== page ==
It's not quite the L-pocalypse, but straphangers using the L Train nights and weekends may be in for a rough ride.
The MTA begins its long-awaited repairs to the line's East River tunnel Friday evening.
For 15 months, L Train service will be reduced every weeknight from 8 p.m. to 5 a.m. and every weekend so the repairs can be made.
- MTA Planners Fear Misery on L Line During Repairs
- City Launching Pilot Program in June to Limit Cars on 14th Street
- L Train Riders Air Out Grievances With Repair Project
The MTA says large crowds on platforms and lines to enter stations are possible.
“I’m definitely expecting delays over 20 minutes, like 40 minutes to an hour,” one subway rider said.
"Chaos. But I guess a calculated chaos,” said another.
The MTA has put up signs, handed out fliers, and used social media to warn of the changes and to offer strategies so that riders can adapt.
But it's not clear everyone has gotten the message.
So, What's a Subway Rider to Do?
Your best bet is simply avoiding the L Train whenever possible by using other lines between Brooklyn and Manhattan. But MTA officials say there are other options for those of you who can’t.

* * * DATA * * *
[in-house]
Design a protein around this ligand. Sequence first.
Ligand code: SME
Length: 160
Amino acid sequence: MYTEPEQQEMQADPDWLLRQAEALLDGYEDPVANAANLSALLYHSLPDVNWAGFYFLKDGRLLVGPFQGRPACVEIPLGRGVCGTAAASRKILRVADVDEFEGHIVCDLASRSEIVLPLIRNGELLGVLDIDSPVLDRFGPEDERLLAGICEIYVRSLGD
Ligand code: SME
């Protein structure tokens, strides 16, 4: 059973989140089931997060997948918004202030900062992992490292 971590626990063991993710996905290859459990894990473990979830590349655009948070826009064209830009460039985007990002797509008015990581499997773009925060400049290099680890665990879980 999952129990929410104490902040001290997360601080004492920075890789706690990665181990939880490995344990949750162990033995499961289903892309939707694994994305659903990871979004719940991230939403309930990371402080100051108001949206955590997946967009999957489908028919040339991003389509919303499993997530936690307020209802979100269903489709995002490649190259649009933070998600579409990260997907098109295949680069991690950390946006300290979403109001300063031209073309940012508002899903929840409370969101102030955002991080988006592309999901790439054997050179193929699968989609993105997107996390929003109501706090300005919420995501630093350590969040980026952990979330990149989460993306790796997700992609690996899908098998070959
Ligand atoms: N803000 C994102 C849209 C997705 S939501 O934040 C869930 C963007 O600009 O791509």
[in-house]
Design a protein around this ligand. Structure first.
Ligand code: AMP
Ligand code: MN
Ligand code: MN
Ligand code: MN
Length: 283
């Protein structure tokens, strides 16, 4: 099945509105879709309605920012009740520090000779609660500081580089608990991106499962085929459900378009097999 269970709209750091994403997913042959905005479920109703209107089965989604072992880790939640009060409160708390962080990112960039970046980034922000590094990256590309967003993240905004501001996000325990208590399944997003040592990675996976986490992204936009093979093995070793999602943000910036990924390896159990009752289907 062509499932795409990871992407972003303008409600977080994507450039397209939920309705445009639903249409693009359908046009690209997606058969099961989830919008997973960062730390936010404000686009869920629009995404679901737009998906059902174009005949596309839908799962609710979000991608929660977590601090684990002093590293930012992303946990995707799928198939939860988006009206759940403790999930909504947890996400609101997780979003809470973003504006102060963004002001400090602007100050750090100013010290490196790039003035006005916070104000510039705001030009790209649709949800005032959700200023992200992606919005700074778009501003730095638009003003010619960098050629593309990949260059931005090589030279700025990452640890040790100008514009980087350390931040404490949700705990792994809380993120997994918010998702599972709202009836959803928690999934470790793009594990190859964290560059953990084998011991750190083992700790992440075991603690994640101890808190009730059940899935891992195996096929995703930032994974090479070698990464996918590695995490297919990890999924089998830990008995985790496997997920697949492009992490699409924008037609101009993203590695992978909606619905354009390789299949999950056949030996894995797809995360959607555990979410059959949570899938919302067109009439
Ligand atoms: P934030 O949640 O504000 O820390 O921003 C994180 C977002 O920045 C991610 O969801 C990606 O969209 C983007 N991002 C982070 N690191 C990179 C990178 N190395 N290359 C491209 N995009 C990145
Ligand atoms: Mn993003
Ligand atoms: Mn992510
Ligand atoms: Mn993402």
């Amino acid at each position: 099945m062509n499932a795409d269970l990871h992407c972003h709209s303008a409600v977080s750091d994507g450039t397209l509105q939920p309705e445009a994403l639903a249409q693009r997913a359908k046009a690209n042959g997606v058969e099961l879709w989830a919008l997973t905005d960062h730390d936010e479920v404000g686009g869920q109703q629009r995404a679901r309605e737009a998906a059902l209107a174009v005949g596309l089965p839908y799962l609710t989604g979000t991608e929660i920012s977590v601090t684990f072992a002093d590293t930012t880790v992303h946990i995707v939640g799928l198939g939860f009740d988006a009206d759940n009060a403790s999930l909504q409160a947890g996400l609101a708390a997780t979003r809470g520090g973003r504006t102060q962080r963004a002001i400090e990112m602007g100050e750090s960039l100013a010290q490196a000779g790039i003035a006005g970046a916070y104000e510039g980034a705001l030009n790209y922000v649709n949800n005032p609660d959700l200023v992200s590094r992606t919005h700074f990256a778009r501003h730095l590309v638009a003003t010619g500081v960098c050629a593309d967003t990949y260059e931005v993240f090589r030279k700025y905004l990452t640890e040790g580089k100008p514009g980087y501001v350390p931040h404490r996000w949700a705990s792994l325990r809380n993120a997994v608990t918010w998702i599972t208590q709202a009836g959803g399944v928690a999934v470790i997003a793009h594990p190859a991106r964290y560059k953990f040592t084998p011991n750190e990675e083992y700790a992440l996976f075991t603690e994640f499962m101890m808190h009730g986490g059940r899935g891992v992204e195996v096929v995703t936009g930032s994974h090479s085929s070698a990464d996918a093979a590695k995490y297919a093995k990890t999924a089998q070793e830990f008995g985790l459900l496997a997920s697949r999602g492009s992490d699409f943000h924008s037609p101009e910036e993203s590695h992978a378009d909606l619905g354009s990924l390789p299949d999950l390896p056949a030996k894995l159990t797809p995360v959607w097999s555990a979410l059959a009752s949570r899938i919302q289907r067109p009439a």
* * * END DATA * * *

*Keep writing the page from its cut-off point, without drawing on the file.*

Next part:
“We want to make sure that our customers are aware that the beauty of the NYC subway system is that it is interconnected and it is redundant,” said Ronnie Hakim, the managing director of the MTA.
During the hours of tunnel work, L Trains will run only every 20 minutes between Manhattan and Lorimer Street in Brooklyn, and every 10 minutes between Lorimer Street and Canarsie.
But the MTA will increase service on the G, M and 7 lines to compensate. For example, trains will run every eight minutes on the G.
In Brooklyn, a new shuttle bus called the Williamsburg Link will be available to ferry riders between the Bedford and Lorimer stops on the L to nearby stations on the J, M and G lines.
And in Manhattan,14th Street bus service will be increased to shift riders to the J and M lines at Delancey and Essex Streets.
Transit advocates say riders should tweet any problems to the MTA and the city's Transportation Department
"Let the powers that be know how your commute is working, how your trip around the city is working, and what improvements can be made," said Danny Pearlstein, the policy director of Riders Alliance.
MTA officials say their staff will be out in force to manage crowds and make sure riders know all about their alternatives.